Everyday Italian with Giada De Laurentiis
Giada's Spa Weekend Brought Home
Whole-Wheat Spaghetti with Lemon, Basil, and Salmon
Pork Chops Stuffed with Sun-Dried Tomatoes and Spinach
Artichoke and Tomato Panzanella
Saturday was obviously spa day at the Food Network. Giada was looking gorgeous lounging at Kinara. Unfortunately for her Y chromosome-d viewers, they didn't get to watch her actually getting a massage. Oh well, back to the kitchen for a spa meal. Let's see if she does any better than Ingrid.
Giada starts by adding 1/2 lb. whole wheat pasta to salted boiling water. It will cook for 8 to 10 minutes. She heats a skillet and adds 2 tablespoons oil. She seasons wild salmon fillets (4 oz. apiece) with salt and pepper, and adds them to the pan to cook for 2 minutes on each side.
After chopping 2 cloves of garlic, Giada tells us that instead of cooking it, she's going to add it to the dish at the end. (Let's hope all parties will be eating the garlic equally.) She adds lemon zest and juice to the garlic and then turns the salmon. 3 tablespoons of capers go in next. She chops basil as she tells us that herbs are a great way to flavor food without fat.
She lifts the pasta out of the pot and adds it to the bowl with the garlic mixture, adding a bit of the pasta water as well. She NEVER drains her pasta. I never don't. If I need a little pasta water, I put a measuring cup or pitcher under the colander.
GDL adds a little oil to the pasta - the recipe says 1 tablespoon and to add it earlier to the garlic. No difference really. She tosses the dish with salt and pepper. A handful of arugula (of course) goes on a plate (the recipe says spinach), and she places the pasta on top and the salmon on top of that. Looks good, if a bit bland.
Next she makes a stuffed pork chop. That doesn't sound very spa-ish. She chops 2 cloves of garlic and gives us kind of a dull riff on bringing the spa experience home. She adds a little olive oil to a pan and adds garlic, chopped sun-dried tomatoes (NOT in oil) and frozen spinach, which has been thawed and squeezed out. She adds salt and thyme. I would have sweated an onion in there too. She adds the mixture into a bowl and stirs in 1/3 cup low fat cream cheese and a 1/4 cup of goat cheese.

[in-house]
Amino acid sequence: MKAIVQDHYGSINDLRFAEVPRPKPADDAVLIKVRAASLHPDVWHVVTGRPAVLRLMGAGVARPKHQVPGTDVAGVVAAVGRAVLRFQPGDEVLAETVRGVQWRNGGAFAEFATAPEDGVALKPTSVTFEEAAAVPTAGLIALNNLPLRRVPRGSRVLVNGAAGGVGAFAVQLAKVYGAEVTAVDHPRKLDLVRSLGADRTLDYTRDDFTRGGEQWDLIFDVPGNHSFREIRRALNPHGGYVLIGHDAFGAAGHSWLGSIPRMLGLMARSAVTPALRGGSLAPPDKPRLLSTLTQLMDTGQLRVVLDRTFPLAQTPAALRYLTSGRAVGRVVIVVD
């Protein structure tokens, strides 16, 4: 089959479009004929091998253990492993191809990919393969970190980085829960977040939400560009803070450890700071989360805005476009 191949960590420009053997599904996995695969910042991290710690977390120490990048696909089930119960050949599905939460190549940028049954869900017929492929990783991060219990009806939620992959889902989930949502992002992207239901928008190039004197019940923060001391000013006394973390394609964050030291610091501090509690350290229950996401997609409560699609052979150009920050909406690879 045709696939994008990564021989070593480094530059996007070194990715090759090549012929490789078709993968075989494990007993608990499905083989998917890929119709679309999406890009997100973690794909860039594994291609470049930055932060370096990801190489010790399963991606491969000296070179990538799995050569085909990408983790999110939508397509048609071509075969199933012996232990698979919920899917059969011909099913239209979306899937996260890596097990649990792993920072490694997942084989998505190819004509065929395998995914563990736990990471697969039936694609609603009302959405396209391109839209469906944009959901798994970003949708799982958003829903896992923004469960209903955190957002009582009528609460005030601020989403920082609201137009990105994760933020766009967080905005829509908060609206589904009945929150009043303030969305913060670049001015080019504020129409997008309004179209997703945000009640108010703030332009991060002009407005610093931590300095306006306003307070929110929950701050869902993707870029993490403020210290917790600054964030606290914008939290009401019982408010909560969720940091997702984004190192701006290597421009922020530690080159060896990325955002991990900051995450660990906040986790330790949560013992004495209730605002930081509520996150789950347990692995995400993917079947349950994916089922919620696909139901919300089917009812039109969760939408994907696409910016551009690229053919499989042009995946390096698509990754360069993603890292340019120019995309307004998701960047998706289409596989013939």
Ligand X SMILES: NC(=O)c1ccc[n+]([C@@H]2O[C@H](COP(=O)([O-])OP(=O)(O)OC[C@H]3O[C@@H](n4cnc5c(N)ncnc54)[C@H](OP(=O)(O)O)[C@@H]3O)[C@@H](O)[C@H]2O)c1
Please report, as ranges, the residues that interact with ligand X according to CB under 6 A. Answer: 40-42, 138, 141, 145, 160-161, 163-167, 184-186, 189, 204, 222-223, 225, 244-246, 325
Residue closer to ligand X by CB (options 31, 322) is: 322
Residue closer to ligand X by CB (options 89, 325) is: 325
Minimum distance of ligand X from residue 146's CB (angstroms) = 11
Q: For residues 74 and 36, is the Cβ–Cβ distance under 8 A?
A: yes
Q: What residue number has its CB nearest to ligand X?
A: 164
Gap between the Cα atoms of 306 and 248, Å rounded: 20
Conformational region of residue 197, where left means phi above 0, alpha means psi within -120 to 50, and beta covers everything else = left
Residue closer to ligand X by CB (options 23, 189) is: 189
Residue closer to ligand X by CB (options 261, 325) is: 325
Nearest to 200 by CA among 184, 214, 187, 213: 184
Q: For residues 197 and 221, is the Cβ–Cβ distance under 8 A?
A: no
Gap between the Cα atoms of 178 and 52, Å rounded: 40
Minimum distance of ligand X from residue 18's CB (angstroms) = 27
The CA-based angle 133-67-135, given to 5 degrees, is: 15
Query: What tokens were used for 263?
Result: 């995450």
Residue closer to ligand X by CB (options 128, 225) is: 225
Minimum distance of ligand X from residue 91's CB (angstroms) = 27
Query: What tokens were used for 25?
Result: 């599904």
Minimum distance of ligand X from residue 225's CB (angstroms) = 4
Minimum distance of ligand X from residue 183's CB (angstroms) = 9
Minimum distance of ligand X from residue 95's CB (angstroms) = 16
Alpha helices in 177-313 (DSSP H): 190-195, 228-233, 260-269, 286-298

Giada is using center-cut pork chops 1 inch thick. She cuts a pocket in the center of each one, telling us that, as a kid, in Italy she ate a lot more pork and lamb than beef. I ate a lot more candy corn than broccoli, but how is that germane to the meal at hand? She adds a tablespoon of olive oil to a pan and she fills each pocket with the spinach mixture. She places them in the hot pan cooking them 4 to 5 minutes on each side.
Oh, goodie, a commercial with crusty stains in a bathroom. The pork chops smell good, GDL tells us. She plates them. She covers them with foil to stay warm. She says to TENT them, but she has actually blanketed them.
She turns up the heat on the pan and adds 1 1/2 cups of low sodium chicken stock and scrapes up all the browned bits from the bottom. She adds the zest of half a lemon and adds 2 tablespoons of fresh lemon juice with 2 teaspoons of Dijon, which will thicken the sauce. She reduces it for a few minutes and pours the sauce over the pork chop. She serves herself one with a bit more sauce. "It's so lemony... so good."
THAT is an excellent brief demonstration in deglazing a pan. I almost always finish off a sautéed meat or vegetable dish with a little sauce. Many times, I deglaze the pan with red wine and then add orange juice, or just oj alone.
Next is Giada's spin on panzanella. She cubes whole wheat bread into 1 inch pieces and places them on a baking sheet with thawed artichoke hearts. She drizzles them with oil and puts them on a hot grill pan in one layer.
That's interesting. I would never have thought to add artichoke hearts to a panzanella in the first place and I wouldn't have grilled them at the same time as the bread cubes. While they're cooking, Giada cuts black olives in half and puts them in a bowl. She cuts the tomatoes into wedges. That IS a bit odd, because she's just told us to make everything the same size. (I would have cut each wedge in half). The tomatoes go in the bowl with the olives. She adds parsley and the grilled ingredients. The heat will bring out the flavor of the tomatoes and olives.
She whisks wine white vinegar with extra virgin olive oil and salt and pepper. She pours dressing over and tosses the salad. She serves herself some. There are definitely lower calorie salads in the world, but that does look good.
Giada did make a few interesting choices in her spa menu, but the overall point, I guess, is not to deprive ourselves. We should make what we eat interesting enough, so that we don't need a mountain of it to feel satisfied.